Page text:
|From Missionary Life|
The picture above is a decent representation of the last 11 weeks of my mission. Elder Nuckles and I ride our bikes a lot hence the photo of bicycles. However, notice how in that picture we aren't riding our bikes. Instead we see in this picture inverted bikes with various missing parts and tools scattered all over the place. Why you ask? Well I don't know whether or not we can attribute it to the fiery darts of the adversary, but in the last 11 weeks between the two of us we've had 1 exploding tire, 1 set of escaping handlebars, several sets of over-enthusiastic brakes, 2 sets of escaping and/or dying bearings, 1 completely worn-through tire, 1 bent crank, 1 bent spoke, 1 sheared axle, various incorrect parts purchased, and 14 flat tires. Wooo!
Elder Nuckles and I are serving in a bike area, which means bicycles are our only means of transportation (besides walking but who does that). You can imagine therefore what a problem it is to have to spend time pretending we know how be mechanics. The only thing we are actually competent enough to do is patch/replace a tube, which is good because there are so many little thorns everywhere that we get to practice multiple times a week. This past week though we'd had enough with fixing flats and decided to invest in something stronger.
Up until this point, we'd been using standard tires with standard tubes. We knew from the get-go that we'd probably get flats here and there, but clearly we had no idea of exactly how many flats that would be. Had we known how many flats we'd get and how much time would be invested in fixing them and other problems, we wouldn't have been so cheap. We thought we could get away with the bare minimum and just "be careful" (whatever that means).
Well we finally got smart and took it to the next level. We went to the bike shop and bought new innertubes with a very thick outer layer of rubber designed to be puncture-resistant. We also bought some slime-sealant to fill the tubes with so that, should a puncture actually occur, the tubes would self-seal.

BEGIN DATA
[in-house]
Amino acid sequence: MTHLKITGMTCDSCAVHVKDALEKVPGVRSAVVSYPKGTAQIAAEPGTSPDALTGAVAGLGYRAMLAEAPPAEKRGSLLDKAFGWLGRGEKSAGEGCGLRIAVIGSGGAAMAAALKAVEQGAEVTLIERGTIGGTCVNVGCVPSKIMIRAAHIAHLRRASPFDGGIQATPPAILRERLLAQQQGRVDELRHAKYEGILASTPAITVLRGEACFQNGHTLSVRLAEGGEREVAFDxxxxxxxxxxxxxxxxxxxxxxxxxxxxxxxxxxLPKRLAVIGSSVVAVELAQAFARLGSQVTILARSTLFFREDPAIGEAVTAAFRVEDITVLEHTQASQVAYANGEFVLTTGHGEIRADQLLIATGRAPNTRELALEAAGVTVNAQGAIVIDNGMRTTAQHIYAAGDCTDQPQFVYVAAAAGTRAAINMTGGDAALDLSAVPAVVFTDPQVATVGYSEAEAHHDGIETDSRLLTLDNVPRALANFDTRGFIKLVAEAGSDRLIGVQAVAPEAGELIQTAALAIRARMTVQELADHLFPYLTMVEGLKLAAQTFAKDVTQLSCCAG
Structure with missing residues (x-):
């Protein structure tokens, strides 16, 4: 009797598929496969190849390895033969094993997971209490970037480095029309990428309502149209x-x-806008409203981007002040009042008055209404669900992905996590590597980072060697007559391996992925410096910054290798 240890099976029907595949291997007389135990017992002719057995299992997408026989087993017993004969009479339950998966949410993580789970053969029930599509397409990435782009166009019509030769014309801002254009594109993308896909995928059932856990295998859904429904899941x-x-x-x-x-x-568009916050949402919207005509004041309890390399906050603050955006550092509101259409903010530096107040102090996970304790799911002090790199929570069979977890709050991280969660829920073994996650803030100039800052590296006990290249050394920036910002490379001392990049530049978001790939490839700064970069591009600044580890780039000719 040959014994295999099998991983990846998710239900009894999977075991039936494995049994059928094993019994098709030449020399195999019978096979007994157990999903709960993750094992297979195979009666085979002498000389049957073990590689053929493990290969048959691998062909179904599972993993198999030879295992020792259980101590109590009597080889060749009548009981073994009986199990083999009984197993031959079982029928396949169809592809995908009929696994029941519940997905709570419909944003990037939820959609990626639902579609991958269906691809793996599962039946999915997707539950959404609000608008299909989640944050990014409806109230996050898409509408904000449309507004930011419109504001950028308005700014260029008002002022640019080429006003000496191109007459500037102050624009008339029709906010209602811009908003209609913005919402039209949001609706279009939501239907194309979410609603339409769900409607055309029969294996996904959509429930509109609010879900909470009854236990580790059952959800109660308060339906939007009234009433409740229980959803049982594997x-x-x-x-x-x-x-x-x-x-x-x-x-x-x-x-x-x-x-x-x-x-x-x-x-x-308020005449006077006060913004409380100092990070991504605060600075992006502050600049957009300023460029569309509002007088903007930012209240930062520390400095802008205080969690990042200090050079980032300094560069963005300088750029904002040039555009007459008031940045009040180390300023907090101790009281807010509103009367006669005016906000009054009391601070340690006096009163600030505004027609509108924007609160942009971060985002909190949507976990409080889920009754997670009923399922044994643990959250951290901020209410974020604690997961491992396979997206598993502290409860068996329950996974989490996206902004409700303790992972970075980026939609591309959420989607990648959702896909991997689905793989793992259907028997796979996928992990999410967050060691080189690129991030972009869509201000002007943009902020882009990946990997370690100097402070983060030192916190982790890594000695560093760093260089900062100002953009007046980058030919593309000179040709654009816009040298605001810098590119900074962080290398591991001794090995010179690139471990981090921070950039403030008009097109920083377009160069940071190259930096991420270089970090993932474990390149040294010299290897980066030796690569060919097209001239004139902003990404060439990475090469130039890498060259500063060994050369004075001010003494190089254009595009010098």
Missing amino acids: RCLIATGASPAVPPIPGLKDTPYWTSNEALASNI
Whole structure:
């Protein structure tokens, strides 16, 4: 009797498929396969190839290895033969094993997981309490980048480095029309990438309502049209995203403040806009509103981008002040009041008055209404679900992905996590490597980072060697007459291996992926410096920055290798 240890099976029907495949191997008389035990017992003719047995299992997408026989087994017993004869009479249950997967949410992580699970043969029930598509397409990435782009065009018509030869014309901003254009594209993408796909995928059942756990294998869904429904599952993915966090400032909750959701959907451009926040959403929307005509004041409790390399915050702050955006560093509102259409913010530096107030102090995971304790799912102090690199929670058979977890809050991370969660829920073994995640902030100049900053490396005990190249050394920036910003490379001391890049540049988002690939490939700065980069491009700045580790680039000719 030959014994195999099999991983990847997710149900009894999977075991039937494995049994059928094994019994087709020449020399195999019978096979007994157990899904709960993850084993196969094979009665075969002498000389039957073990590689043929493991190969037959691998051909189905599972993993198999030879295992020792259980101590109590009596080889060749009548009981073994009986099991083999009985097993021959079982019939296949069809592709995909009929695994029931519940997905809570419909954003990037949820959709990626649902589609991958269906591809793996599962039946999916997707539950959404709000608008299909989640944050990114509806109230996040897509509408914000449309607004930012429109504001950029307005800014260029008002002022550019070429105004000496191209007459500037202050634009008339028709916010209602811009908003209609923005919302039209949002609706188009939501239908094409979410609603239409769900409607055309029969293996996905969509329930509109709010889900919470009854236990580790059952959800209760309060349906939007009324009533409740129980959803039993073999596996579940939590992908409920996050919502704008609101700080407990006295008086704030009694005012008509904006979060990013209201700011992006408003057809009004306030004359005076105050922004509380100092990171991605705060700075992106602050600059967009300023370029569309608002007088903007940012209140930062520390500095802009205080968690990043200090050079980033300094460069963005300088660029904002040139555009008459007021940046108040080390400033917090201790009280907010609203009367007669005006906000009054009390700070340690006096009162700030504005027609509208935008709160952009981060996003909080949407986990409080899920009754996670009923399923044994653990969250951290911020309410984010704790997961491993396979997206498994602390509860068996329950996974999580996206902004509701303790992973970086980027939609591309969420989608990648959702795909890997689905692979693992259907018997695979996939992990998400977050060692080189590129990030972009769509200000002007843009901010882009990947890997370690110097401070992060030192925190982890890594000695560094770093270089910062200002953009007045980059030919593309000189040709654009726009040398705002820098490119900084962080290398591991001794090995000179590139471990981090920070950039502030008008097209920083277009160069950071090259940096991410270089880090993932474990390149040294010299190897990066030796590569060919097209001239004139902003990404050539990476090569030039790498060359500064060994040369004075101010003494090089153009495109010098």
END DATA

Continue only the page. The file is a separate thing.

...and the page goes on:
Now as you can see below, the following day we reaped the fruits of our labor!
|From Missionary Life|
"O death, where is thy sting? O [thorn], where is thy victory?" (see 1 Corinthians 15:55)
Yeah. We won.
Believe it or not however there is a short gospel lesson to be learned!
Elder Nuckles and I had basic tires and tubes. They worked great and got us to where we needed to be. However, a small thorn was all it took to stop us in our tracks. One little thorn! So you'd think then that after getting flats a time or two we'd get wise and buy some thicker/stronger gear. Nope. We bought some cheap patches and got by on that. Even after getting 6, 7, 8, 9, 10 flats we still wouldn't shell out the extra work and money necessary to buy. We ignored the obvious signs that we needed to do more than the bare minimum if we wanted to be able to get around freely.
Do we do that with obedience? Heavenly Father's commandments aren't always easy to keep. Maybe we come to church, but only the first hour. Maybe we read our scriptures, but only once a week. Have any of you ever gone to bed and just skipped out on prayer because you were just 'too tired'? Untidy language, 'edgy' movies, a little crude music--none of these are too terrible, but they're things that slow us up.
IF we don't take God's commandments seriously and just do the bare minimum, THEN our Spirits are just as defenseless to sin and temptation as my bicycle tires were to those thorns.
IF we are obedient to our Heavenly Father's commandments and put in more work and effort than just the bare minimum, THEN we will build some real and solid protection against everything that will be coming our way in this life. We will have a shield of faith that will guard us and enable us to continue unhindered on our journey back to our Father in Heaven.
So, put in that extra time and effort to prepare yourself for the 'thorns' in life. I promise that it'll be worth it!